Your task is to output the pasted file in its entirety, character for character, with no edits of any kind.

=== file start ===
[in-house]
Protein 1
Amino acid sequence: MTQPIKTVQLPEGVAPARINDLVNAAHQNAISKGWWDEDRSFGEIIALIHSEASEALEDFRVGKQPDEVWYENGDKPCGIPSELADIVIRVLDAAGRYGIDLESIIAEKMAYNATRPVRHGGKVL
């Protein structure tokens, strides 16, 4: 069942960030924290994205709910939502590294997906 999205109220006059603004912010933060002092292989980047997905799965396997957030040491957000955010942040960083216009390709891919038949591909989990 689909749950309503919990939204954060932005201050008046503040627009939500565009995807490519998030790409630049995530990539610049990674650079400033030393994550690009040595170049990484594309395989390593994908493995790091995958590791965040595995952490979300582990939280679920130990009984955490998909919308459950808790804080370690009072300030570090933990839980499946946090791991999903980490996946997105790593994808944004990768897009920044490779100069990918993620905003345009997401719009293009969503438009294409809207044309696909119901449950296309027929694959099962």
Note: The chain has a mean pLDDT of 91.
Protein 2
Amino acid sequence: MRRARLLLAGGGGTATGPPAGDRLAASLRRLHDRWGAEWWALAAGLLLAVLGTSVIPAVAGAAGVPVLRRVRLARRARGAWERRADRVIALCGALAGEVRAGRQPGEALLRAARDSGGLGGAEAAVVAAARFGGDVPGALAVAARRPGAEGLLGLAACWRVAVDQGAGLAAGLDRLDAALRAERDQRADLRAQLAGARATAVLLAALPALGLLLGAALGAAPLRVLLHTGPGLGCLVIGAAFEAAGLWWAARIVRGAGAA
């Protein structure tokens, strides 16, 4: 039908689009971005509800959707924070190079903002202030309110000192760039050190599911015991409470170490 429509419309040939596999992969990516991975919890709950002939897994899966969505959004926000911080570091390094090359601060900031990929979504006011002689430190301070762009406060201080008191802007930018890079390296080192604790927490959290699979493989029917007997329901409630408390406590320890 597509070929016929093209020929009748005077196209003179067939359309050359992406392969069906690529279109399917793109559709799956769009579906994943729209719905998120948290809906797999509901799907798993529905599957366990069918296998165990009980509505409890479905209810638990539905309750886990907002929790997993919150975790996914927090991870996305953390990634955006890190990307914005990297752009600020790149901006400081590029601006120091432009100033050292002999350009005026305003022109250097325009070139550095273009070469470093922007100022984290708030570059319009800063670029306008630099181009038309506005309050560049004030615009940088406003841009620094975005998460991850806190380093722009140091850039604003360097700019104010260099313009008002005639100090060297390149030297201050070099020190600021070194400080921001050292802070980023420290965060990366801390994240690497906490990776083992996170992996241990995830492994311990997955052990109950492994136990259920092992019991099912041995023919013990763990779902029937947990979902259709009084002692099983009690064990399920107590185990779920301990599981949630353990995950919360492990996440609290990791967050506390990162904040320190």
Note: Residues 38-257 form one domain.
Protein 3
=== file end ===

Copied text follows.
[in-house]
Protein 1
Amino acid sequence: MTQPIKTVQLPEGVAPARINDLVNAAHQNAISKGWWDEDRSFGEIIALIHSEASEALEDFRVGKQPDEVWYENGDKPCGIPSELADIVIRVLDAAGRYGIDLESIIAEKMAYNATRPVRHGGKVL
């Protein structure tokens, strides 16, 4: 069942960030924290994205709910939502590294997906 999205109220006059603004912010933060002092292989980047997905799965396997957030040491957000955010942040960083216009390709891919038949591909989990 689909749950309503919990939204954060932005201050008046503040627009939500565009995807490519998030790409630049995530990539610049990674650079400033030393994550690009040595170049990484594309395989390593994908493995790091995958590791965040595995952490979300582990939280679920130990009984955490998909919308459950808790804080370690009072300030570090933990839980499946946090791991999903980490996946997105790593994808944004990768897009920044490779100069990918993620905003345009997401719009293009969503438009294409809207044309696909119901449950296309027929694959099962």
Note: The chain has a mean pLDDT of 91.
Protein 2
Amino acid sequence: MRRARLLLAGGGGTATGPPAGDRLAASLRRLHDRWGAEWWALAAGLLLAVLGTSVIPAVAGAAGVPVLRRVRLARRARGAWERRADRVIALCGALAGEVRAGRQPGEALLRAARDSGGLGGAEAAVVAAARFGGDVPGALAVAARRPGAEGLLGLAACWRVAVDQGAGLAAGLDRLDAALRAERDQRADLRAQLAGARATAVLLAALPALGLLLGAALGAAPLRVLLHTGPGLGCLVIGAAFEAAGLWWAARIVRGAGAA
């Protein structure tokens, strides 16, 4: 039908689009971005509800959707924070190079903002202030309110000192760039050190599911015991409470170490 429509419309040939596999992969990516991975919890709950002939897994899966969505959004926000911080570091390094090359601060900031990929979504006011002689430190301070762009406060201080008191802007930018890079390296080192604790927490959290699979493989029917007997329901409630408390406590320890 597509070929016929093209020929009748005077196209003179067939359309050359992406392969069906690529279109399917793109559709799956769009579906994943729209719905998120948290809906797999509901799907798993529905599957366990069918296998165990009980509505409890479905209810638990539905309750886990907002929790997993919150975790996914927090991870996305953390990634955006890190990307914005990297752009600020790149901006400081590029601006120091432009100033050292002999350009005026305003022109250097325009070139550095273009070469470093922007100022984290708030570059319009800063670029306008630099181009038309506005309050560049004030615009940088406003841009620094975005998460991850806190380093722009140091850039604003360097700019104010260099313009008002005639100090060297390149030297201050070099020190600021070194400080921001050292802070980023420290965060990366801390994240690497906490990776083992996170992996241990995830492994311990997955052990109950492994136990259920092992019991099912041995023919013990763990779902029937947990979902259709009084002692099983009690064990399920107590185990779920301990599981949630353990995950919360492990996440609290990791967050506390990162904040320190």
Note: Residues 38-257 form one domain.
Protein 3